MU research team uncovers link between fracking, endocrine-disrupting chemicals
The team published results suggesting chemicals from fracking spills find their way through the local water system.
Apr. 01, 2015
As friction and controversy continue to surround the industry of natural gas hydraulic fracturing, or fracking, an MU research team is investigating the link between fracking activity and hormone disruption.
Susan Nagel, associate professor of women’s health, is leading the team of MU graduate students and professors to study how natural gas drilling may impact local water supplies. The team recently published evidence of endocrine-disrupting chemicals, which affect hormone function, making their way into local water supplies following drilling-related incidents.
Hydraulic fracking is a process that starts with drilling a hole thousands of feet in the ground and injecting millions of gallons of water and chemicals into the hole. Nagel said the outcome is a fracture in the rock layers, which releases the trapped natural gas from under the ground.
Recently, President Barack Obama announced new regulations for hydraulic fracturing, or fracking, on public land. The new rules, slated to take effect mid-June, require safer drilling methods in about 100,000 oil and gas wells currently in public lands.
Proponents of regulations argue that fracking has harmful effects on the environment and local water supplies, while natural gas producers say the new rules will add burdensome costs.
Graduate student Chris Kassotis, a researcher on Nagel’s team said that one of the biggest advantages to fracking is the impact it has on traditional oil and natural gas consumption.
“The benefits are that it allows oil and gas production within the U.S. in areas where production was not previously possible,” he said. “This greatly expanded natural gas production and has helped transition the U.S. away from coal as a primary energy source and the increased oil yield has helped reduce foreign imports and has contributed to the decline in prices.”
The American Petroleum Institute lists several ways to create safe drilling sites, such as placing liners and rubber composite mats under well pads and rigs, creating storage tanks with secondary containment measures and better controlling any potential runoff.
Without these measures in place, Nagel said waste runoff could pollute the surface and underground water near these sites.
“It is injecting lots of chemicals that we know have adverse health effects into the ground, which generates a whole lot of wastewater which needs to be dealt with,” she said.
Kassotis said he believes more research on treating wastewater should take place to deal with water quality issues.
“Issues that require large volumes of water and have relatively few current methods to treat the wastewater are going to become much more important in the next few years,” he said.
According to a report from the Virginia Community College system, it is possible to treat wastewater, but there is still a possibility that it will remain contaminated.
“Satisfactory disposal of wastewater, whether by surface, subsurface methods or dilution, is dependent on its treatment prior to disposal,” according to the VCCS report. “Adequate treatment is necessary to prevent contamination of receiving waters to a degree which might interfere with their best or intended use, whether it be for water supply, recreation, or any other required purpose.”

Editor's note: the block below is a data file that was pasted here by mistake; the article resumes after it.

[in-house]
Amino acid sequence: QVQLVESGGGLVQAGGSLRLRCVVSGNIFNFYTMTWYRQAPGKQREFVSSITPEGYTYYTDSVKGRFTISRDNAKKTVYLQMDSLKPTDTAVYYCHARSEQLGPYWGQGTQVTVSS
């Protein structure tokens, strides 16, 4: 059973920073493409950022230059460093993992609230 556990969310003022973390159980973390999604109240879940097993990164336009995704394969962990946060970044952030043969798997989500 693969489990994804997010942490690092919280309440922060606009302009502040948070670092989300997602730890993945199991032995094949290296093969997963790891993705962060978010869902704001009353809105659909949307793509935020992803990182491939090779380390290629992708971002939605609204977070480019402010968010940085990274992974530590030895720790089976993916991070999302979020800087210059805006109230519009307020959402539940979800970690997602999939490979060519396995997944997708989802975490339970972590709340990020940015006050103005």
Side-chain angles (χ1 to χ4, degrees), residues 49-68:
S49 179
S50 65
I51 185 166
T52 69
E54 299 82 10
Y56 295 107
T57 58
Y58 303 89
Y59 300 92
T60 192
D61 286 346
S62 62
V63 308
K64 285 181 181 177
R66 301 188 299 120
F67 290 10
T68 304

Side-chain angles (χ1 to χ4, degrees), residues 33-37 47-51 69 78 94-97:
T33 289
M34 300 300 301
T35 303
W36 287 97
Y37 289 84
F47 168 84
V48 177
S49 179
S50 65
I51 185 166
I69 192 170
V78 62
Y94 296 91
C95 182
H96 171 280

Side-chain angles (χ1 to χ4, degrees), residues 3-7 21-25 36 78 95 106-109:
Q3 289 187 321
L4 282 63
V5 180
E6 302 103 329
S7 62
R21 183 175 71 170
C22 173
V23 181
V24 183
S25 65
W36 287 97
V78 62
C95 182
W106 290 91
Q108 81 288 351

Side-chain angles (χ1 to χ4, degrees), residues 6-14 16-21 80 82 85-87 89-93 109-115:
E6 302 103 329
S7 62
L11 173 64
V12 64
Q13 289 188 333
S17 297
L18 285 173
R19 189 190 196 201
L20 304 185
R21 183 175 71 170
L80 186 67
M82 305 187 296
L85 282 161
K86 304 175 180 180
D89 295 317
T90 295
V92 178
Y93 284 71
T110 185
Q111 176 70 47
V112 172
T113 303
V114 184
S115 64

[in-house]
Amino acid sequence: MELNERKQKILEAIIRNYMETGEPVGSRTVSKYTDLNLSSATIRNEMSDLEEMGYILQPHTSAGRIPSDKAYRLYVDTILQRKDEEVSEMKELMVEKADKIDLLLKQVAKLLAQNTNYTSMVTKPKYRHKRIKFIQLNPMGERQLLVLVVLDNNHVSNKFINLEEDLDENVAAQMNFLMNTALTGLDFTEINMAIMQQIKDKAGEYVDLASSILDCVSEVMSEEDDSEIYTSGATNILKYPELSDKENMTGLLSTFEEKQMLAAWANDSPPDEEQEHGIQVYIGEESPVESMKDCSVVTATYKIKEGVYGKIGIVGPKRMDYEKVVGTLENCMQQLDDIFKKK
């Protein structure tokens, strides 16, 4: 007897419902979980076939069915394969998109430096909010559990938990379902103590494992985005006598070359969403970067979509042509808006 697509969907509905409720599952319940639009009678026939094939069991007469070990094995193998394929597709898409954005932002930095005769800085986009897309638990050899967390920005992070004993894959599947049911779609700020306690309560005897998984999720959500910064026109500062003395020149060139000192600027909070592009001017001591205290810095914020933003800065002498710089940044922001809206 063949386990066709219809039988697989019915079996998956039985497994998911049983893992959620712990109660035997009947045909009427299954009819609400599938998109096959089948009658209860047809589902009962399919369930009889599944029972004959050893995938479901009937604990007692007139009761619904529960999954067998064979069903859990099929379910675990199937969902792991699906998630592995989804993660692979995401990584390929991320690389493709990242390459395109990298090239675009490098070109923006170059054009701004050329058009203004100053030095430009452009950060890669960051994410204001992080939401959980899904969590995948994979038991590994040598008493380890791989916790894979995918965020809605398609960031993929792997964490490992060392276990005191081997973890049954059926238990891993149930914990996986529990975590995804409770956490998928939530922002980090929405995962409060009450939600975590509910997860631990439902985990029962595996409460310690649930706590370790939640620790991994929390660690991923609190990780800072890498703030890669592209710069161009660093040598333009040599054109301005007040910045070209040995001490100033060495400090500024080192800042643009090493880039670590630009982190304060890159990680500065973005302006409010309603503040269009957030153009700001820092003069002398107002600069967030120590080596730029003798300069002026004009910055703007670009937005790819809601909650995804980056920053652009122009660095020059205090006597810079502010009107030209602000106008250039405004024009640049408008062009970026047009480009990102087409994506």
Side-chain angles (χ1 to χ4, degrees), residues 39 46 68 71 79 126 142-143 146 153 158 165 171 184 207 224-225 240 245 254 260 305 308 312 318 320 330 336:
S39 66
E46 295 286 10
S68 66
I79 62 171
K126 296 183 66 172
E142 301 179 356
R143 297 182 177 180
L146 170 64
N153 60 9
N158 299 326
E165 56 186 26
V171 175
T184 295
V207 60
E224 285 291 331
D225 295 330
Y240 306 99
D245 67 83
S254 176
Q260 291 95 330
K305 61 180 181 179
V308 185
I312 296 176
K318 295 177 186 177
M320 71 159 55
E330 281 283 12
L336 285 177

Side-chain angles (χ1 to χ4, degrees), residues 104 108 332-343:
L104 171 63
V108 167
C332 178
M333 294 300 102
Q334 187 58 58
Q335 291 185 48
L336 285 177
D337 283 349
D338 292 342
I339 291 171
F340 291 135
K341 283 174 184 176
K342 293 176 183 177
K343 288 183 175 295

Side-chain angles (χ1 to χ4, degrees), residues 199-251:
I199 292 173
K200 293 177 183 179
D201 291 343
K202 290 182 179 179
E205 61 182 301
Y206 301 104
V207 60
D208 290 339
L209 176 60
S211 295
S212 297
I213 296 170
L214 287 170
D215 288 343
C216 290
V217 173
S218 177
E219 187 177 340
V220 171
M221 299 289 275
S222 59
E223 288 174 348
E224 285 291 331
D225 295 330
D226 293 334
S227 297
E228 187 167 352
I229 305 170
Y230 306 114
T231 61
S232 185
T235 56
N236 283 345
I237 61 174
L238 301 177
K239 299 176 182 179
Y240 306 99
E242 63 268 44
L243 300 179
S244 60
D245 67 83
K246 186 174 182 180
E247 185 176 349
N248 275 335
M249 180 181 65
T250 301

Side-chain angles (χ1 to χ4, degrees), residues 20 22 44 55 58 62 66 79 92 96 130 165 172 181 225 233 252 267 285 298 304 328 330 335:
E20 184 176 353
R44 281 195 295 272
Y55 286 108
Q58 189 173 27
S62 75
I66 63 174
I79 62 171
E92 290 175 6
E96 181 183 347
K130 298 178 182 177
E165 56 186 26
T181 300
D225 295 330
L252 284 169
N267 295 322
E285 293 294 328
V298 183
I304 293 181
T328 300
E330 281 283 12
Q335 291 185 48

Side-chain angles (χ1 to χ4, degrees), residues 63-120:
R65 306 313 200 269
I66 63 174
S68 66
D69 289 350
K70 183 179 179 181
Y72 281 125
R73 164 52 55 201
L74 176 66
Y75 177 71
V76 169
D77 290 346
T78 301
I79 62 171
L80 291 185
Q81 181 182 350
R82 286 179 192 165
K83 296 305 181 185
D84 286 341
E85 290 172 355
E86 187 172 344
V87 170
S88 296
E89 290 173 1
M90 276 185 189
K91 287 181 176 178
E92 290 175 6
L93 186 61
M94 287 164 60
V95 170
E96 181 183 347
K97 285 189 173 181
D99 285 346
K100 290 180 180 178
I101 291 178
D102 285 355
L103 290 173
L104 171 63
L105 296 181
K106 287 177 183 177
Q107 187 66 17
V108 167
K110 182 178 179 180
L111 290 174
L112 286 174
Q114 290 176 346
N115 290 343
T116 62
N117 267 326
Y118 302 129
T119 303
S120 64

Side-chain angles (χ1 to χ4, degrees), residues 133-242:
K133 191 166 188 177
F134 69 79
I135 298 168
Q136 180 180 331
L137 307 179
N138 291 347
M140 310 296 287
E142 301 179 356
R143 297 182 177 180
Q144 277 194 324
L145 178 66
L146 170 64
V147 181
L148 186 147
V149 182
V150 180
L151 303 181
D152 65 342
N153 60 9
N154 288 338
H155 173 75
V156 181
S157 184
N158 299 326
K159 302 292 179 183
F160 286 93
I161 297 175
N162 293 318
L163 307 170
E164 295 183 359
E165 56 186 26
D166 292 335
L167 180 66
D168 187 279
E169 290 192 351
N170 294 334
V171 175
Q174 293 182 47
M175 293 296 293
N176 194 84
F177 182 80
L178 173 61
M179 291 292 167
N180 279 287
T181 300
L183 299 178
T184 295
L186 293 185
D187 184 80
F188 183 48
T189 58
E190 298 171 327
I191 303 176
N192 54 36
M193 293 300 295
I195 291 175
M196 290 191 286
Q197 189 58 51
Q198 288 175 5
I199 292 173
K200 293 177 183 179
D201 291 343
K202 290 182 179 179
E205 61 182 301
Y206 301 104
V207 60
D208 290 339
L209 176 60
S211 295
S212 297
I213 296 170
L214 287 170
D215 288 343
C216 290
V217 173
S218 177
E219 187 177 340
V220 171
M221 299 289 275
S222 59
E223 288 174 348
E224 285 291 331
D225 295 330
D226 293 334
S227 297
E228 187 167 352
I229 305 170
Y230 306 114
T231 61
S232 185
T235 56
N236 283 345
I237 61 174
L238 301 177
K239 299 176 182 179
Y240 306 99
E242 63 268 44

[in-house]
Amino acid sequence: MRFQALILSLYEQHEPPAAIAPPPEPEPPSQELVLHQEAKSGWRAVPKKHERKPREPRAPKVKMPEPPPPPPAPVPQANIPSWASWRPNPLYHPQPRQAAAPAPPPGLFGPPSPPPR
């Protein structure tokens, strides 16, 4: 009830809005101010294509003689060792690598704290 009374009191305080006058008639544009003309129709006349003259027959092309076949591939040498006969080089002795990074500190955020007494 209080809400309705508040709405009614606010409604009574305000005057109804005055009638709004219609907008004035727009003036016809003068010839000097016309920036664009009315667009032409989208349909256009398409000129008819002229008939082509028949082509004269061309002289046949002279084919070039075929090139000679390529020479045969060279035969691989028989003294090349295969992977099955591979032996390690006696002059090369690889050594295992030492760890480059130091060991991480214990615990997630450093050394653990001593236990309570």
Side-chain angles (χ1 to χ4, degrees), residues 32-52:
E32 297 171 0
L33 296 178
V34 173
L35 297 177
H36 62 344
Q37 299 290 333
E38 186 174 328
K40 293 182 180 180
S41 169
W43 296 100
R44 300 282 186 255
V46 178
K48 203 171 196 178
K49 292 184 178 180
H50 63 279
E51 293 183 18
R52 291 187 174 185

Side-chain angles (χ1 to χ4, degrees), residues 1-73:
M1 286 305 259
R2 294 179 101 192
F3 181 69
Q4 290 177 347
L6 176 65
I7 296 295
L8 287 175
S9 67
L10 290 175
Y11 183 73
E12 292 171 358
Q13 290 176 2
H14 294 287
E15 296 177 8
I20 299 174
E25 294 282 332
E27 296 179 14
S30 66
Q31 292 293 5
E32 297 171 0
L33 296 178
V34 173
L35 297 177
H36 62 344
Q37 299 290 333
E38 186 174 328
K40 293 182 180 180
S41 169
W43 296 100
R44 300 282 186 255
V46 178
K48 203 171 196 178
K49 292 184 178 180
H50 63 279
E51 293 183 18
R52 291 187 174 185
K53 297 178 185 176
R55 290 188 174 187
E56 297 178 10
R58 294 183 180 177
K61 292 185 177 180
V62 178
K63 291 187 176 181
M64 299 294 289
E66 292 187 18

Nagel and her team have been looking into the consequences of wastewater through their research. She said they have taken three different approaches while trying to find out how the contaminated water affects humans.
The first approach was a field study in Colorado, where the team found endocrine-disrupting activities were two to three times higher in ground and surface water at places that have wastewater versus sites that did not have any wastewater.
The second approach was a laboratory study where the researchers looked at the chemicals involved in the fracking process. Nagel said the team tested 24 chemicals known to have endocrine-disrupting qualities.
“We’ve seen that almost all of these can disrupt at least one type of hormone in the body,” she said.
The third approach was a lab study that exposed animals to these chemicals. Nagel said the team mixed the chemicals into the animals’ drinking water. She also said they are in the process of analyzing the results on the reproductive health systems of these animals.
Erma Drobnis, team member and assistant professional practice professor for women’s health, said that wastewater mainly impacts reproductive health, especially estrogen and sperm.
“We found that when pregnant mice were given water containing these contaminants, the sons born from the pregnancy had abnormal reproductive characteristics, including low sperm counts, compared to mice whose mothers received normal water,” she said.
Drobnis said that the team has not conducted studies on how wastewater will affect pregnant women living near fracking sites or people exposed to the contaminants. She said the team hopes to do a study in the future.
Since there are no fracking sites in Boone County, it may be hard for college students to understand the environmental and hormonal impact. However, Kassotis said he thinks that giving the students more information will get them to pay more attention.
“While few direct health assessments have been made, our results and several studies and reports have shown that people living nearby these operations may experience increased adverse health effects,” he said. “I think when you talk to people about direct impacts on their health, they tend to listen.”